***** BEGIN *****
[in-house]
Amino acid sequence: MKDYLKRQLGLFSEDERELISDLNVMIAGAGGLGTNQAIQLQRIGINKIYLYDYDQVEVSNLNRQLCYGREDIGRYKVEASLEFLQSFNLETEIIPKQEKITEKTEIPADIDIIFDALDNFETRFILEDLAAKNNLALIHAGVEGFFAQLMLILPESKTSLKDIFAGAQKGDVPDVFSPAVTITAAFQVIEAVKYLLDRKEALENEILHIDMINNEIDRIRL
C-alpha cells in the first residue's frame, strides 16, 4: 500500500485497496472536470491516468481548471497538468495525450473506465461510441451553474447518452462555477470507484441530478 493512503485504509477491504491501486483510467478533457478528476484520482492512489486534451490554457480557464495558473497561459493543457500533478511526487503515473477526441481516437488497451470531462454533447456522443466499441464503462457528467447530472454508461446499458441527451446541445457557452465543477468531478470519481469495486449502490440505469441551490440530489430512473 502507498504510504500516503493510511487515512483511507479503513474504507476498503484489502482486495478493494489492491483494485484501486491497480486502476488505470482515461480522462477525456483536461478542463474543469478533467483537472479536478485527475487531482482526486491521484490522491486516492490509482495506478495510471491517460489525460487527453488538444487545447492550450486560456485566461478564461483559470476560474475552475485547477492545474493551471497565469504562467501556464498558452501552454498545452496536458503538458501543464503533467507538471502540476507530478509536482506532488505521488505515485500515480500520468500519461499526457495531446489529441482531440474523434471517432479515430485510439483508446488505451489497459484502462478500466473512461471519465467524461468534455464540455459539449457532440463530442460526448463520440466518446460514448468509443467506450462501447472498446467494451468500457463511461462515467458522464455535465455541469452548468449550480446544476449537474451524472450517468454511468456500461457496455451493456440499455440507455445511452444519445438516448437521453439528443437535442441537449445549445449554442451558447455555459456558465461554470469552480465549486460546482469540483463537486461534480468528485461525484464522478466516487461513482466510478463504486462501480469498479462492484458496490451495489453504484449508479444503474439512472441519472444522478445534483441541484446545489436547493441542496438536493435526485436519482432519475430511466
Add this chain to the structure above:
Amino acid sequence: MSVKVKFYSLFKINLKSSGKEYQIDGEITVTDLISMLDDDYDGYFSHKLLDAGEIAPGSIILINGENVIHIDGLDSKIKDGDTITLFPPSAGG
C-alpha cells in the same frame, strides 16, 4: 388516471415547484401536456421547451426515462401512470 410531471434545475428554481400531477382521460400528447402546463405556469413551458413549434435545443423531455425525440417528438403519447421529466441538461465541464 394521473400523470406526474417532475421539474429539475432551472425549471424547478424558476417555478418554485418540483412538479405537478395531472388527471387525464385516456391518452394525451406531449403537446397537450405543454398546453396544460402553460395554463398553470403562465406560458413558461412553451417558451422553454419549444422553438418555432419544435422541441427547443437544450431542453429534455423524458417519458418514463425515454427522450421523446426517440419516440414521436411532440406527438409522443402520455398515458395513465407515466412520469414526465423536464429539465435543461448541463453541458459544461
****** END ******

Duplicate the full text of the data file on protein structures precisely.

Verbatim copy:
[in-house]
Amino acid sequence: MKDYLKRQLGLFSEDERELISDLNVMIAGAGGLGTNQAIQLQRIGINKIYLYDYDQVEVSNLNRQLCYGREDIGRYKVEASLEFLQSFNLETEIIPKQEKITEKTEIPADIDIIFDALDNFETRFILEDLAAKNNLALIHAGVEGFFAQLMLILPESKTSLKDIFAGAQKGDVPDVFSPAVTITAAFQVIEAVKYLLDRKEALENEILHIDMINNEIDRIRL
C-alpha cells in the first residue's frame, strides 16, 4: 500500500485497496472536470491516468481548471497538468495525450473506465461510441451553474447518452462555477470507484441530478 493512503485504509477491504491501486483510467478533457478528476484520482492512489486534451490554457480557464495558473497561459493543457500533478511526487503515473477526441481516437488497451470531462454533447456522443466499441464503462457528467447530472454508461446499458441527451446541445457557452465543477468531478470519481469495486449502490440505469441551490440530489430512473 502507498504510504500516503493510511487515512483511507479503513474504507476498503484489502482486495478493494489492491483494485484501486491497480486502476488505470482515461480522462477525456483536461478542463474543469478533467483537472479536478485527475487531482482526486491521484490522491486516492490509482495506478495510471491517460489525460487527453488538444487545447492550450486560456485566461478564461483559470476560474475552475485547477492545474493551471497565469504562467501556464498558452501552454498545452496536458503538458501543464503533467507538471502540476507530478509536482506532488505521488505515485500515480500520468500519461499526457495531446489529441482531440474523434471517432479515430485510439483508446488505451489497459484502462478500466473512461471519465467524461468534455464540455459539449457532440463530442460526448463520440466518446460514448468509443467506450462501447472498446467494451468500457463511461462515467458522464455535465455541469452548468449550480446544476449537474451524472450517468454511468456500461457496455451493456440499455440507455445511452444519445438516448437521453439528443437535442441537449445549445449554442451558447455555459456558465461554470469552480465549486460546482469540483463537486461534480468528485461525484464522478466516487461513482466510478463504486462501480469498479462492484458496490451495489453504484449508479444503474439512472441519472444522478445534483441541484446545489436547493441542496438536493435526485436519482432519475430511466
Add this chain to the structure above:
Amino acid sequence: MSVKVKFYSLFKINLKSSGKEYQIDGEITVTDLISMLDDDYDGYFSHKLLDAGEIAPGSIILINGENVIHIDGLDSKIKDGDTITLFPPSAGG
C-alpha cells in the same frame, strides 16, 4: 388516471415547484401536456421547451426515462401512470 410531471434545475428554481400531477382521460400528447402546463405556469413551458413549434435545443423531455425525440417528438403519447421529466441538461465541464 394521473400523470406526474417532475421539474429539475432551472425549471424547478424558476417555478418554485418540483412538479405537478395531472388527471387525464385516456391518452394525451406531449403537446397537450405543454398546453396544460402553460395554463398553470403562465406560458413558461412553451417558451422553454419549444422553438418555432419544435422541441427547443437544450431542453429534455423524458417519458418514463425515454427522450421523446426517440419516440414521436411532440406527438409522443402520455398515458395513465407515466412520469414526465423536464429539465435543461448541463453541458459544461